I’ve loved historical fiction books my whole life – I read mountains of them when I was a child and now as an adult I still love them.
It’s such an engaging way to learn about a different time period and there are so many incredible historical fiction writers out there.
I’ve also discovered that historical fiction titles are a HUGE hit with my Instagram audience – for the last several years, the historical fiction titles have been some of the most beloved for Everyday Reading Book Club!
Here are some of my very favorite historical fiction books for adults (some of these are young adult titles that I’ve enjoyed as an adult!):
20+ Favorite Historical Fiction Books
Last Christmas in Paris by Hazel Gaynor
This historical fiction Christmas book is set in WWI and is written entirely in letters (a format I don’t normally go for). Evie’s brother and his best friend are headed off to the front, but like most people, they assume the war will be over by Christmas and they have grand plans to spend it together in Paris. Of course, it doesn’t go that way. If you can, I HIGHLY recommend listening to this one – the narration is so good! (Full review here)
Orphan Train by Christina Baker Kline
I love it when I get completely sucked into a book and just want to spend all my time reading it. I was a wary of this one at the beginning with dual story lines, but I quickly was immersed in the book and read it in just a couple of days. It’s reminding me that I need to go find some other orphan train books (Full review here).
Lovely War by Julie Berry
I mean, if you haven’t read this book already, I’m probably falling down on my job here, but truly. THIS is the time to pick up a copy. The story takes place during World War I and follows four main characters. Even more fun? The story is framed by several Greek gods who are in a tiff of their own during World War II. I know it sounds weird, but trust me, it works. It’s in the top 10 books I’ve ever read. And while I read a paper copy, I’ve heard the audio version is STUNNING. (Full review here)
Guernsey Literary and Potato Peel Pie Society by Mary Ann Shaffer
Ten Cents a Dance by Christine Fletcher
Ignore the truly terrible cover that looks like I’m recommending a shady romance novel, but this historical fiction book is TERRIFIC. It takes place just before WWII in Chicago where Ruby is a fifteen year old working at a packing house. Since her dad’s death, things have been hard for Ruby and her mother and Ruby lives for the weekends when she can go out dancing with her friends. And then she meets Paulie, a handsome boy from her neighborhood with quite a reputation for trouble who tells her she’s a good enough dancer to get a job as a taxi dancer. The idea of making $50 a week instead of $12 a week and not having to deal with brining pigs feet? Well, how can she resist? Naturally, she’s suddenly in much deeper than she ever meant to be.
The Road Home by Ellen Emerson White
Ellen Emerson White may not be the most well-known author, but her writing is funny, sharp, and smart, and I think more people need to discover her! The Road Home takes place during the Vietnam War. The main character is a nurse in Vietnam and before the beginning of the book there is a big incident that really destroyed her life. It takes a long time for her to come to terms with it, and it slowly plays out as you read until you finally figure out what happened. Highly recommend this book for any historical fiction fan. Sometimes I see it in YA and sometimes adult fiction, but no matter your age, it is terrific.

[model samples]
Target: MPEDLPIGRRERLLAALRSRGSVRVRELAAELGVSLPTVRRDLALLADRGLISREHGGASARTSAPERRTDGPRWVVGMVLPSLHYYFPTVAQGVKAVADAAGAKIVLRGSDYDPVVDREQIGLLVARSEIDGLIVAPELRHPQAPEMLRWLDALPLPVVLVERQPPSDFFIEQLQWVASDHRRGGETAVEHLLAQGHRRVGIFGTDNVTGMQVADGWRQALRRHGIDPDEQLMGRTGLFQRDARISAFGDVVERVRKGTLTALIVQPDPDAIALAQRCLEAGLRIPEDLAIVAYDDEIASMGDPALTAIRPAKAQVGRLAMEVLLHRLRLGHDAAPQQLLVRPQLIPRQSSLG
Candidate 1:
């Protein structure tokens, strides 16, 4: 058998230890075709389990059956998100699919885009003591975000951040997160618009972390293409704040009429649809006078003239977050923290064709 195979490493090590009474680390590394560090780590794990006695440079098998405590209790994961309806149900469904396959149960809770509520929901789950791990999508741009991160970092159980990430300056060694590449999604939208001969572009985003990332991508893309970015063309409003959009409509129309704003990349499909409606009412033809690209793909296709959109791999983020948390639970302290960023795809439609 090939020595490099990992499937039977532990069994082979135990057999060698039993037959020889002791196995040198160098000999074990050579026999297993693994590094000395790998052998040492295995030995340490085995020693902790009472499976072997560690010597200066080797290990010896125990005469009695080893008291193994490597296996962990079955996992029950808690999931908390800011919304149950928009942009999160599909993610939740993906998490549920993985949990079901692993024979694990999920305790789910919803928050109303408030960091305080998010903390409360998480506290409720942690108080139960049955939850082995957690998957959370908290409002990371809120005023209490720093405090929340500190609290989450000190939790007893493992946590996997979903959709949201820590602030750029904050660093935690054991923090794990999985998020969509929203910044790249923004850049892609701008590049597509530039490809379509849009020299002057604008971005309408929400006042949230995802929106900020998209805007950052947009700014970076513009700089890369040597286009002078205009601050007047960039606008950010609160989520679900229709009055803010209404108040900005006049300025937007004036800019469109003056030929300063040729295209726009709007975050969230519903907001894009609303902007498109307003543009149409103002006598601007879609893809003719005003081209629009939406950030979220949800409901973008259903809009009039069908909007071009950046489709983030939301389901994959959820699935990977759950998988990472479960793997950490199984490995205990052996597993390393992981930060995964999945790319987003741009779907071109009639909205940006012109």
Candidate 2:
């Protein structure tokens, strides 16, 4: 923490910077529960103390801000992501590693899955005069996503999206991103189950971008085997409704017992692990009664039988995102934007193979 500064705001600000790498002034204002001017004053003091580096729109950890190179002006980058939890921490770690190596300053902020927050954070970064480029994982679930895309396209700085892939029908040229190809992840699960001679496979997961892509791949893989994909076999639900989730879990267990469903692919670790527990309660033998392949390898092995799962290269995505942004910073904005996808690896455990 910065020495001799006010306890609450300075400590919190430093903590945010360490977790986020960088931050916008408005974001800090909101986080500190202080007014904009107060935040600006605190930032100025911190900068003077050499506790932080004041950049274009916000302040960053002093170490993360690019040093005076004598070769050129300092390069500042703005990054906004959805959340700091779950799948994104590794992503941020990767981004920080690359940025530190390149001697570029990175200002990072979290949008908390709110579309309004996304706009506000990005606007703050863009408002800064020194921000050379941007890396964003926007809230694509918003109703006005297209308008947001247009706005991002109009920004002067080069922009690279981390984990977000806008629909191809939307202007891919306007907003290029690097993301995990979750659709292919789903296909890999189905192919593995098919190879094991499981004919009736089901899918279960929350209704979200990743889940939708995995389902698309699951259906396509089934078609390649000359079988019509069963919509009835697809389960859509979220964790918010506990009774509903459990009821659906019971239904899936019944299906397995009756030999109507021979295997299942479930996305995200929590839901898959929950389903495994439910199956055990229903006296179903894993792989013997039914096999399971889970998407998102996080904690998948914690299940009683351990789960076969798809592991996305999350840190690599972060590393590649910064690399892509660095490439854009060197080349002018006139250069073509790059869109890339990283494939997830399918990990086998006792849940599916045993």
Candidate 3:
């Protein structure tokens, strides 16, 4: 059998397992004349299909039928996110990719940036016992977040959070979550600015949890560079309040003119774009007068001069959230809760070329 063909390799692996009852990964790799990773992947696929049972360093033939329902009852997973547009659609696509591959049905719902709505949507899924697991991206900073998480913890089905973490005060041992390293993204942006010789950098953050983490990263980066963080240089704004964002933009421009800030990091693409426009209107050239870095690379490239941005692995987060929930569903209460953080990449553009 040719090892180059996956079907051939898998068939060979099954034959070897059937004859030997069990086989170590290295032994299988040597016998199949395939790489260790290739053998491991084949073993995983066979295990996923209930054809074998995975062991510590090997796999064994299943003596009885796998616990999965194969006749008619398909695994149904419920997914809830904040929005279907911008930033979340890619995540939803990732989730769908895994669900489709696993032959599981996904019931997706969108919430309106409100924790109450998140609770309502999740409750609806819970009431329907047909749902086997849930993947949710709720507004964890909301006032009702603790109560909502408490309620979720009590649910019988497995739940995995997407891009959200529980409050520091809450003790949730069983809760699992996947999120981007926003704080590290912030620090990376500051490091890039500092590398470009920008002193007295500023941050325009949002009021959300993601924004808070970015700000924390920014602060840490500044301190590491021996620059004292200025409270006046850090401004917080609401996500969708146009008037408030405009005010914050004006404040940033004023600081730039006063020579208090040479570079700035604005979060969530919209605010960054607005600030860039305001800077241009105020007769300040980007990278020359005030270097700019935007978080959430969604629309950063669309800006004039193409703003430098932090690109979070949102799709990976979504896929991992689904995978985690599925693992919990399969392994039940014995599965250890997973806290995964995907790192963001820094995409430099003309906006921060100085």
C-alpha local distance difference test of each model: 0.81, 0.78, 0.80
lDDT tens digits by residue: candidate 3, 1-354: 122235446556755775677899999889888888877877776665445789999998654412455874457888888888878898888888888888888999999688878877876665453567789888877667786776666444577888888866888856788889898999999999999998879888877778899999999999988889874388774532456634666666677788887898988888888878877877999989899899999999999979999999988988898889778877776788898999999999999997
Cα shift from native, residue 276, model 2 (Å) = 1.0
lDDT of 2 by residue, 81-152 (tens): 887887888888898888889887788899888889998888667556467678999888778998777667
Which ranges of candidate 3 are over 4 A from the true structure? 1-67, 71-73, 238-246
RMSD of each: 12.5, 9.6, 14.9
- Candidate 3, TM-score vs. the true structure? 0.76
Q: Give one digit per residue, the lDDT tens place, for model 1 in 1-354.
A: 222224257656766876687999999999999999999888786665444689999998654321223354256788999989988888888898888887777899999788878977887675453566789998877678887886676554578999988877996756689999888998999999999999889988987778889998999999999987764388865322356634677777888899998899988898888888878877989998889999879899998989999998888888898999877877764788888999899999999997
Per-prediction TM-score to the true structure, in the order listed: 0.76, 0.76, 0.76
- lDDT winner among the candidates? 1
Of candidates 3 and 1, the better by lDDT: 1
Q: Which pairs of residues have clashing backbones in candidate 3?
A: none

Out of the Easy by Ruta Sepetys
This YA historical fiction title is set in 1950s New Orleans and I LOVED it when I read it years ago. Josie is the seventeen-year-old daughter of a French Quarter prostitute. Her dream is to escape New Orleans and enroll at prestigious Smith College. But when she becomes entangled in a murder investigation, will her dreams slip through her fingers?
Code Name Verity by Elizabeth Wein
It’s sometimes easy to feel a little bit of World War II book fatigue, but this one is so different from any kind of WWII book I’ve read that I hope you’ll give it a chance. Code Name Verity is about two girls, both working for the British Airforce during the war, one as a pilot and one as a spy. And the book opens with the spy being captured by the Nazis and revealing the secrets of her mission and the pilot’s death in a plane crash. This book has so many twists and turns that I don’t like to give more than that away – I highly recommend this one on audio because the two narrators? Fabulous. (Full review here)
The Nightingale by Kristin Hannah
I cannot tell you how long I waited in the hold lines for this book when it came out. And let me tell you, when I finally finished it, it was well worth all the hold lines. If you haven’t read it yet, you need to. In WWII France, two sisters face frightening situations that tests their relationship, strength, and sense of right and wrong. It is a true tale of bravery. I listened to The Nightingale audiobook and it is fantastically done. (Full review here)
My Lady Jane by Cynthia Hand, Brodi Ashton and Jodi Meadows
This is one of my most recommended reads. After I listened to the audio and couldn’t stop laughing while I was trying to run in my neighborhood. Don’t even bother with the book – just get the audio version and you can thank me later. It’s a re-telling of the story of Lady Jane Gray (who was queen of England for less than two weeks) and they take every sort of liberty you can imagine with this story, history be darned. I promise you will laugh your face off. (Full review here)
Girl in the Blue Coat by Monica Hesse